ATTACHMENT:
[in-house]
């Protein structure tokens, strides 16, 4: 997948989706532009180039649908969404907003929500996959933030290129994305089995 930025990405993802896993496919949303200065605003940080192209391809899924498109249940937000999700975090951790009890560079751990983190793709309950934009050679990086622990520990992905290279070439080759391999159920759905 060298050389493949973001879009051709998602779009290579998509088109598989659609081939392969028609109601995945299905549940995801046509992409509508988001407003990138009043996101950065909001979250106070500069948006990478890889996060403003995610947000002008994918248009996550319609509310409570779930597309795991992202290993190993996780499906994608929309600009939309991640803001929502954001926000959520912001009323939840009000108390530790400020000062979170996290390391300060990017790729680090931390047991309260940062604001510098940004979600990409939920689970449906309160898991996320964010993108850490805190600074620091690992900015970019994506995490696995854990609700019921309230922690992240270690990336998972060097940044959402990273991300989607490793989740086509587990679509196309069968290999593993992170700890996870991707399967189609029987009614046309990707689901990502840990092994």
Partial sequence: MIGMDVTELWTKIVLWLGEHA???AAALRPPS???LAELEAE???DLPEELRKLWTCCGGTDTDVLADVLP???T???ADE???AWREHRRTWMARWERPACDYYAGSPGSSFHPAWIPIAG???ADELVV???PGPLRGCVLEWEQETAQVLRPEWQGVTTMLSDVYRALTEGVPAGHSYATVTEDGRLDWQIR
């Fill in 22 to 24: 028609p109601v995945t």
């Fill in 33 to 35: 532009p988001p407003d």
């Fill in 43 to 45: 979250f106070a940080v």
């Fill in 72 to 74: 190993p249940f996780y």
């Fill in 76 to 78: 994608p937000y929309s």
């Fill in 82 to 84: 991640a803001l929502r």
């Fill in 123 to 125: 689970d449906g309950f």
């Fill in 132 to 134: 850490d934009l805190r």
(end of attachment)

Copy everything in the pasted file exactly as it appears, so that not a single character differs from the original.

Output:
[in-house]
């Protein structure tokens, strides 16, 4: 997948989706532009180039649908969404907003929500996959933030290129994305089995 930025990405993802896993496919949303200065605003940080192209391809899924498109249940937000999700975090951790009890560079751990983190793709309950934009050679990086622990520990992905290279070439080759391999159920759905 060298050389493949973001879009051709998602779009290579998509088109598989659609081939392969028609109601995945299905549940995801046509992409509508988001407003990138009043996101950065909001979250106070500069948006990478890889996060403003995610947000002008994918248009996550319609509310409570779930597309795991992202290993190993996780499906994608929309600009939309991640803001929502954001926000959520912001009323939840009000108390530790400020000062979170996290390391300060990017790729680090931390047991309260940062604001510098940004979600990409939920689970449906309160898991996320964010993108850490805190600074620091690992900015970019994506995490696995854990609700019921309230922690992240270690990336998972060097940044959402990273991300989607490793989740086509587990679509196309069968290999593993992170700890996870991707399967189609029987009614046309990707689901990502840990092994």
Partial sequence: MIGMDVTELWTKIVLWLGEHA???AAALRPPS???LAELEAE???DLPEELRKLWTCCGGTDTDVLADVLP???T???ADE???AWREHRRTWMARWERPACDYYAGSPGSSFHPAWIPIAG???ADELVV???PGPLRGCVLEWEQETAQVLRPEWQGVTTMLSDVYRALTEGVPAGHSYATVTEDGRLDWQIR
């Fill in 22 to 24: 028609p109601v995945t």
């Fill in 33 to 35: 532009p988001p407003d």
């Fill in 43 to 45: 979250f106070a940080v």
């Fill in 72 to 74: 190993p249940f996780y």
């Fill in 76 to 78: 994608p937000y929309s």
């Fill in 82 to 84: 991640a803001l929502r």
């Fill in 123 to 125: 689970d449906g309950f």
């Fill in 132 to 134: 850490d934009l805190r």